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I have Dell Studio laptop with Intel E6600 processor, I have checked and confirmed that this processor does not have Intel-VT support. (Its available in 6670 available on Dell Vostro)
Has anyone practially used VMWare Player 3.0 on a machine/laptop with processor not having Intel-VT support.

Some references.
Link # 1
Link # 2

[Edit]
I tried Virtual PC from MS and it does not work due to the absence of Intel-VT.
My OS is Windows 7 Professional 64Bit
I need to run only Windows 2003 32 bit Standard and Ubuntu, is this possible with the player 3.0?

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3 Answers 3

VMware frequently does not use VT, because their technology often provides better performance than is possible with VT. E.g., VMware Workstation allows you to enable VT use, but the default on my machine is to not use it. In fact, usually VT needs to be enabled in the BIOS, because there are attacks on VT (and similar technologies) such as the BluePill attack that are pretty scary.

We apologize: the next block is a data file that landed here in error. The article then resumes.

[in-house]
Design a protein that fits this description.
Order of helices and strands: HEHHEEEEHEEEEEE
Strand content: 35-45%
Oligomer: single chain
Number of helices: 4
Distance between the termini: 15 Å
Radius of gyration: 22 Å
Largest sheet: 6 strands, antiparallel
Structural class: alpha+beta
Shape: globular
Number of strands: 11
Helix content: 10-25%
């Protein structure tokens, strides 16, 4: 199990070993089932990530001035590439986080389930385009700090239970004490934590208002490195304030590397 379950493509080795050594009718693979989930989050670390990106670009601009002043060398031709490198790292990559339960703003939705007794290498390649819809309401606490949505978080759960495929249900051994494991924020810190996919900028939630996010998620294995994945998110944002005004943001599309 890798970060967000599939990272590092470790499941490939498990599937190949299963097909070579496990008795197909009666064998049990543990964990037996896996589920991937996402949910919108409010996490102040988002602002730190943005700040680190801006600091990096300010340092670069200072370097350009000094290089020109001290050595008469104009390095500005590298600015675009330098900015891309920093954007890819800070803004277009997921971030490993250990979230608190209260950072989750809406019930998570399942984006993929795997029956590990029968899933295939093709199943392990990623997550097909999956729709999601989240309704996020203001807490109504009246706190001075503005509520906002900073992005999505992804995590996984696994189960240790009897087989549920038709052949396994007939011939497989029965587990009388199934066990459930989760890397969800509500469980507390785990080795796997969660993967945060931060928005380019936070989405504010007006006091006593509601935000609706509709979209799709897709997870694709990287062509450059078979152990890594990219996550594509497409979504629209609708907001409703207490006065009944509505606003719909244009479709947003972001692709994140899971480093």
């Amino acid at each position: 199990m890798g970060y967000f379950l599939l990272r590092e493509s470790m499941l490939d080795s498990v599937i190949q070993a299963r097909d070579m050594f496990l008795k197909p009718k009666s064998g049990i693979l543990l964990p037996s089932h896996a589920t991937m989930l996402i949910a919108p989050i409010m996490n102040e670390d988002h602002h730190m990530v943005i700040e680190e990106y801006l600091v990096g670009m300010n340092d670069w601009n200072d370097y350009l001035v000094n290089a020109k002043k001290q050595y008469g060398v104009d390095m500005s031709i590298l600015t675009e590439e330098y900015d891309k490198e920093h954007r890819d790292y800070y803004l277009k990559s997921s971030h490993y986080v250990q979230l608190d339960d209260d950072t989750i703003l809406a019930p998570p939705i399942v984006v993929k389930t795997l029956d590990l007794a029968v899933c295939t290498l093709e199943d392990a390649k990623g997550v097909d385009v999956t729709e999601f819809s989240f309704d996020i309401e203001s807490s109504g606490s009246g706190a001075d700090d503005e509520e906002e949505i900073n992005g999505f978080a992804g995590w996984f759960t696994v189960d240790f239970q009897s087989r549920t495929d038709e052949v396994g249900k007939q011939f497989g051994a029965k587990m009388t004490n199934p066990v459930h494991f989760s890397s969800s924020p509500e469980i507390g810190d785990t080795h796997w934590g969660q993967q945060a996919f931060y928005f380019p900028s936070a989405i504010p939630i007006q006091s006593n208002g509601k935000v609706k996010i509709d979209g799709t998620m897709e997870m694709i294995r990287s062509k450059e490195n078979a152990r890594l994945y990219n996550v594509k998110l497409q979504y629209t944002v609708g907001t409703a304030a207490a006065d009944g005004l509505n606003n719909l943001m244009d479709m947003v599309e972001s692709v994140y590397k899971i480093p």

See for example this link, which is about VMware Server not needing VT: http://communities.vmware.com/thread/191399

The links you provided are about trying to run VMware ESX server, VMware's bare-metal hypervisor (runs directly on the host machine, without a host OS), inside of VMware Workstation or Player. This is a very unusual configuration, primarily used for testing ESX. If you think about it for a moment, it will make sense that running VMware's most powerful product within one of their other products requires some special support.

As far as 32-bit and 64-bit, I think I've run 64-bit guests within my 32-bit host OS without enabling VT, but I'm not sure. VirtualPC is not a fair comparison, because VMware basically invented x86 virtualization more than a decade ago.

Honestly, downloading and running Player will be pretty quick. If you have an Ubuntu ISO, you can simply mount that and run it as a LiveCD within player. Actually doing Ubuntu installation doesn't take that long. Windows Server installation will be slower, but I would bet that it will work.